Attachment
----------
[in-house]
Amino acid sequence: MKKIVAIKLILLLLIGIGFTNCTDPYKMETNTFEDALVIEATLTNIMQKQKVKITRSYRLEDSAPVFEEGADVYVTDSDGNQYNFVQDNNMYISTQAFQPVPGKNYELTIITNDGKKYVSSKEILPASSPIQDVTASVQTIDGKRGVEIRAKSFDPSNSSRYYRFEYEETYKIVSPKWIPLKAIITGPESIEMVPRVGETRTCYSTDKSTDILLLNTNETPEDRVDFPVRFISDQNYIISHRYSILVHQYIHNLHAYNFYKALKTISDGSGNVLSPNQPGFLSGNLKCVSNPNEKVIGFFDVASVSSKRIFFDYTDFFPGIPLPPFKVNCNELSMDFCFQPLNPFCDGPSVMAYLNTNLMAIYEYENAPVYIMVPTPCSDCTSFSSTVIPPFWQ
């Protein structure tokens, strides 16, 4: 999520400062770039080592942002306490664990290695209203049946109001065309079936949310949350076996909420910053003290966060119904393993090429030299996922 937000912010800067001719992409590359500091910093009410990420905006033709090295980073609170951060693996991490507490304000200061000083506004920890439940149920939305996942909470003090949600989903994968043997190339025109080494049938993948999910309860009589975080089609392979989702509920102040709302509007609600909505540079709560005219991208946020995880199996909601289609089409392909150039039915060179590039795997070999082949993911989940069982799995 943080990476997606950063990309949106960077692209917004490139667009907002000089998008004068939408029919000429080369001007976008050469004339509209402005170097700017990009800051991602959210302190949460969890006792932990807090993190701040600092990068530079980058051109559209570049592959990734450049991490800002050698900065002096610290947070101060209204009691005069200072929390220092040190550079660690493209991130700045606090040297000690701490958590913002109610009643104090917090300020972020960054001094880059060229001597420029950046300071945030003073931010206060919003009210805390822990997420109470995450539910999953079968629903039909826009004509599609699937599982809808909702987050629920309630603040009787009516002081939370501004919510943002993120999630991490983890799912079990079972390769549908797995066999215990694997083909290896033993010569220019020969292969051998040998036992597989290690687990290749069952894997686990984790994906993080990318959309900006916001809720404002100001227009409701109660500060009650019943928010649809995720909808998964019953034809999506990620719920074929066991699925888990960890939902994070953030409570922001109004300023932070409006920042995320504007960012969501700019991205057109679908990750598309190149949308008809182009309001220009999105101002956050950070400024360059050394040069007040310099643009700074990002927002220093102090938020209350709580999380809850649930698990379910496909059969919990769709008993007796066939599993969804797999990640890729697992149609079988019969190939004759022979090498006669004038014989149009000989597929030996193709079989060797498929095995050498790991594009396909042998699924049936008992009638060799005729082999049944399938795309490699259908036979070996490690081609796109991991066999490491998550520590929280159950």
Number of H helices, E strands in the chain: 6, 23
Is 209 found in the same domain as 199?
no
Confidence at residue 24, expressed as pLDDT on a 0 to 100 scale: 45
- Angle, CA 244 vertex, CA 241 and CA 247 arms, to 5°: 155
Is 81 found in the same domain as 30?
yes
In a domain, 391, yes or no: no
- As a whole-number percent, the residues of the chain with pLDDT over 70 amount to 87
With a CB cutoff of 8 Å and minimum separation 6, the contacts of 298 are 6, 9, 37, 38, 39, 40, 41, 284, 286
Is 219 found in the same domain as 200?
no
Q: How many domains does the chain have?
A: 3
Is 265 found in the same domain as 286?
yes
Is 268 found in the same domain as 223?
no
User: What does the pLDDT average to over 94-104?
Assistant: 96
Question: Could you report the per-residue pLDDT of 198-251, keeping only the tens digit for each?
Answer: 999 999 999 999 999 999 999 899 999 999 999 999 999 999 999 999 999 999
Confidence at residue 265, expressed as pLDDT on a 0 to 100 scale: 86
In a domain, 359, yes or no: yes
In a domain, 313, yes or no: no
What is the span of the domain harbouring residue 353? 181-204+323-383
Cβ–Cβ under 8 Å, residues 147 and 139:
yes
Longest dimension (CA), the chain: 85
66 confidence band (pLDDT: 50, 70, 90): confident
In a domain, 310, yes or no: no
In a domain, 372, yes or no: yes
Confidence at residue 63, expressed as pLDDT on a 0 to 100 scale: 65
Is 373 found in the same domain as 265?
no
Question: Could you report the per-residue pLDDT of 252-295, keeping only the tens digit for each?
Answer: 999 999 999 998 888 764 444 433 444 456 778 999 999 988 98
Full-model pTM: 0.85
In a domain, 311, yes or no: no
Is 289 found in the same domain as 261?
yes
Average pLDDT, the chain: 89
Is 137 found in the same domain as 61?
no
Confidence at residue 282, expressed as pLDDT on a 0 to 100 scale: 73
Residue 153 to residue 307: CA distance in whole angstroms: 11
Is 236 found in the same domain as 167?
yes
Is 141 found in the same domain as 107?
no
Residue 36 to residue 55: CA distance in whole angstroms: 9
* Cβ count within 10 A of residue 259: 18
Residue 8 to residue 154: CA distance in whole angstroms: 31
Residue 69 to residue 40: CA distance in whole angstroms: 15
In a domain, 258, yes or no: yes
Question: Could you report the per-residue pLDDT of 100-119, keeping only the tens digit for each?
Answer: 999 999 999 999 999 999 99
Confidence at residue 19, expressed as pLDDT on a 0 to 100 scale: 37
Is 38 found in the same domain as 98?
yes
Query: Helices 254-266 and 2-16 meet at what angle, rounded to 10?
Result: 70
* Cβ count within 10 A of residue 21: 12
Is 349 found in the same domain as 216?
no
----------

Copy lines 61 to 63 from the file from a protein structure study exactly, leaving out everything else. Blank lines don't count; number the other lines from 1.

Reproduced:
Confidence at residue 19, expressed as pLDDT on a 0 to 100 scale: 37
Is 38 found in the same domain as 98?
yes